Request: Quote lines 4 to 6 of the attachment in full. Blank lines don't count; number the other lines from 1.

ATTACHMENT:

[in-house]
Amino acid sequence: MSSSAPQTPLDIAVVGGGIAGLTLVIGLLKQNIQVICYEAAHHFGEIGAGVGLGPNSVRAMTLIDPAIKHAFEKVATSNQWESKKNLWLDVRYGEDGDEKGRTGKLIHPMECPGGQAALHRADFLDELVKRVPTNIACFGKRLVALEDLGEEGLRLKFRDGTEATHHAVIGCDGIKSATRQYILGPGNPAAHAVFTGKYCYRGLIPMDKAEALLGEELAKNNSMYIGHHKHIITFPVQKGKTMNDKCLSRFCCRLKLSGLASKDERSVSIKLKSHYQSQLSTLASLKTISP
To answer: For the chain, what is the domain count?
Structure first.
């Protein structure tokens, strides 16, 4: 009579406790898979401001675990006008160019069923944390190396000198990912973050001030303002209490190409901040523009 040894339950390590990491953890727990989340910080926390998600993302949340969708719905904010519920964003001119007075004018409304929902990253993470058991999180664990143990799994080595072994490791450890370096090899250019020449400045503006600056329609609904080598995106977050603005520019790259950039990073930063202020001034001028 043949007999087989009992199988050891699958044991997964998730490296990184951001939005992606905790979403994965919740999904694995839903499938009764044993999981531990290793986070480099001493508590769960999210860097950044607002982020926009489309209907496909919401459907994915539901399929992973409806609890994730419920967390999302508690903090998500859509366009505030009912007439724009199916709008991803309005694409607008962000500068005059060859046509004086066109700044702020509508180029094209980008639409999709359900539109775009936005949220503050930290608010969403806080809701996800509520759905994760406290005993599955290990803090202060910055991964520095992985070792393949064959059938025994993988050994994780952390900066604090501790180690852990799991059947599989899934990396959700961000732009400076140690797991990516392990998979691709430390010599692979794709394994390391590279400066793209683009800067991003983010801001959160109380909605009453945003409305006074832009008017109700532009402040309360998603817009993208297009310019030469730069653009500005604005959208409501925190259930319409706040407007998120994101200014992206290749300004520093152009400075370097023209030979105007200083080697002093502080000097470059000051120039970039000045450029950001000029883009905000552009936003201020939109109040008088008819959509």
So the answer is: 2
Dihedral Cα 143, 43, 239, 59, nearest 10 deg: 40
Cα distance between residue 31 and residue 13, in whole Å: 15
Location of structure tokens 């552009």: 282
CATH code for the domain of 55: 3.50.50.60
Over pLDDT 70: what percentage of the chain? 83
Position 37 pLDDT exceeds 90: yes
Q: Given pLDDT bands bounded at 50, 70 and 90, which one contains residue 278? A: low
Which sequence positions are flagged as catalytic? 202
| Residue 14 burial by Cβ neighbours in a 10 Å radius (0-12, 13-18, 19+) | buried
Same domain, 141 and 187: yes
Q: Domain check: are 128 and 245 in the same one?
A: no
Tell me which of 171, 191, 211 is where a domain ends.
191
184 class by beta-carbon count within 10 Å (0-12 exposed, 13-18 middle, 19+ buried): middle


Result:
Structure first.
């Protein structure tokens, strides 16, 4: 009579406790898979401001675990006008160019069923944390190396000198990912973050001030303002209490190409901040523009 040894339950390590990491953890727990989340910080926390998600993302949340969708719905904010519920964003001119007075004018409304929902990253993470058991999180664990143990799994080595072994490791450890370096090899250019020449400045503006600056329609609904080598995106977050603005520019790259950039990073930063202020001034001028 043949007999087989009992199988050891699958044991997964998730490296990184951001939005992606905790979403994965919740999904694995839903499938009764044993999981531990290793986070480099001493508590769960999210860097950044607002982020926009489309209907496909919401459907994915539901399929992973409806609890994730419920967390999302508690903090998500859509366009505030009912007439724009199916709008991803309005694409607008962000500068005059060859046509004086066109700044702020509508180029094209980008639409999709359900539109775009936005949220503050930290608010969403806080809701996800509520759905994760406290005993599955290990803090202060910055991964520095992985070792393949064959059938025994993988050994994780952390900066604090501790180690852990799991059947599989899934990396959700961000732009400076140690797991990516392990998979691709430390010599692979794709394994390391590279400066793209683009800067991003983010801001959160109380909605009453945003409305006074832009008017109700532009402040309360998603817009993208297009310019030469730069653009500005604005959208409501925190259930319409706040407007998120994101200014992206290749300004520093152009400075370097023209030979105007200083080697002093502080000097470059000051120039970039000045450029950001000029883009905000552009936003201020939109109040008088008819959509």
So the answer is: 2